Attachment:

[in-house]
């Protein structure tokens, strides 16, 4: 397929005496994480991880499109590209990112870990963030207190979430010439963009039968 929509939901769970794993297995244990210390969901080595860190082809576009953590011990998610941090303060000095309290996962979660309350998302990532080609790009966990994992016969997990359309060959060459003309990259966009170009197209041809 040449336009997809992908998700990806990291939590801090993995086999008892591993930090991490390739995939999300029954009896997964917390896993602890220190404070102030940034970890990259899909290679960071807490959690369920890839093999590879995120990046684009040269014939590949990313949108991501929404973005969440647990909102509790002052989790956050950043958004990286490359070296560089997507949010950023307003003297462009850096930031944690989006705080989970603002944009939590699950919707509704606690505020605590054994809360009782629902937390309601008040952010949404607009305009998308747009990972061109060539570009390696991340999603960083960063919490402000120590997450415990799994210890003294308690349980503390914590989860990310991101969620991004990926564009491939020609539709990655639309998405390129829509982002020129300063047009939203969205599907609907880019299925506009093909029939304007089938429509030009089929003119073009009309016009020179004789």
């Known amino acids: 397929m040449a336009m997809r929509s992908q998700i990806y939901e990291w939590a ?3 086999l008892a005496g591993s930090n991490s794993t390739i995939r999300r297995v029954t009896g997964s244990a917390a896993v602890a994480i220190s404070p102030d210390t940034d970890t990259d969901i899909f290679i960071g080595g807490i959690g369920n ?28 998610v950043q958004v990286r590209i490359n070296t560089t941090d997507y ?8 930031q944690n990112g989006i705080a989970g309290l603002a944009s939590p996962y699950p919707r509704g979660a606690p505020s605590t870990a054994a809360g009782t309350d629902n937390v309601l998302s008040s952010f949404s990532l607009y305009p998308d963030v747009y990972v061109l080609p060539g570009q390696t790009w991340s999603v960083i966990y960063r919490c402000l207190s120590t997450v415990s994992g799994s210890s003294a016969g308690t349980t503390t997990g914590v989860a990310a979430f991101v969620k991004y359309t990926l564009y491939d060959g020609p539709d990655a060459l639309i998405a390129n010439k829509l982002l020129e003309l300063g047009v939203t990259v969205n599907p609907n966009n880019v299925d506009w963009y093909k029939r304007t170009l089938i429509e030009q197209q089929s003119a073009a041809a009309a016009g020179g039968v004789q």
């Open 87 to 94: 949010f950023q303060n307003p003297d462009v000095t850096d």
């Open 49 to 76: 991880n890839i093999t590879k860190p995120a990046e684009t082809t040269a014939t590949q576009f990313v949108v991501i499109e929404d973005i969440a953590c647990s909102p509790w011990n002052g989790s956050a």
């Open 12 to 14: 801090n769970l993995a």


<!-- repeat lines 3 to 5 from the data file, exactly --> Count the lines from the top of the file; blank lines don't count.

């Known amino acids: 397929m040449a336009m997809r929509s992908q998700i990806y939901e990291w939590a ?3 086999l008892a005496g591993s930090n991490s794993t390739i995939r999300r297995v029954t009896g997964s244990a917390a896993v602890a994480i220190s404070p102030d210390t940034d970890t990259d969901i899909f290679i960071g080595g807490i959690g369920n ?28 998610v950043q958004v990286r590209i490359n070296t560089t941090d997507y ?8 930031q944690n990112g989006i705080a989970g309290l603002a944009s939590p996962y699950p919707r509704g979660a606690p505020s605590t870990a054994a809360g009782t309350d629902n937390v309601l998302s008040s952010f949404s990532l607009y305009p998308d963030v747009y990972v061109l080609p060539g570009q390696t790009w991340s999603v960083i966990y960063r919490c402000l207190s120590t997450v415990s994992g799994s210890s003294a016969g308690t349980t503390t997990g914590v989860a990310a979430f991101v969620k991004y359309t990926l564009y491939d060959g020609p539709d990655a060459l639309i998405a390129n010439k829509l982002l020129e003309l300063g047009v939203t990259v969205n599907p609907n966009n880019v299925d506009w963009y093909k029939r304007t170009l089938i429509e030009q197209q089929s003119a073009a041809a009309a016009g020179g039968v004789q």
């Open 87 to 94: 949010f950023q303060n307003p003297d462009v000095t850096d």
């Open 49 to 76: 991880n890839i093999t590879k860190p995120a990046e684009t082809t040269a014939t590949q576009f990313v949108v991501i499109e929404d973005i969440a953590c647990s909102p509790w011990n002052g989790s956050a």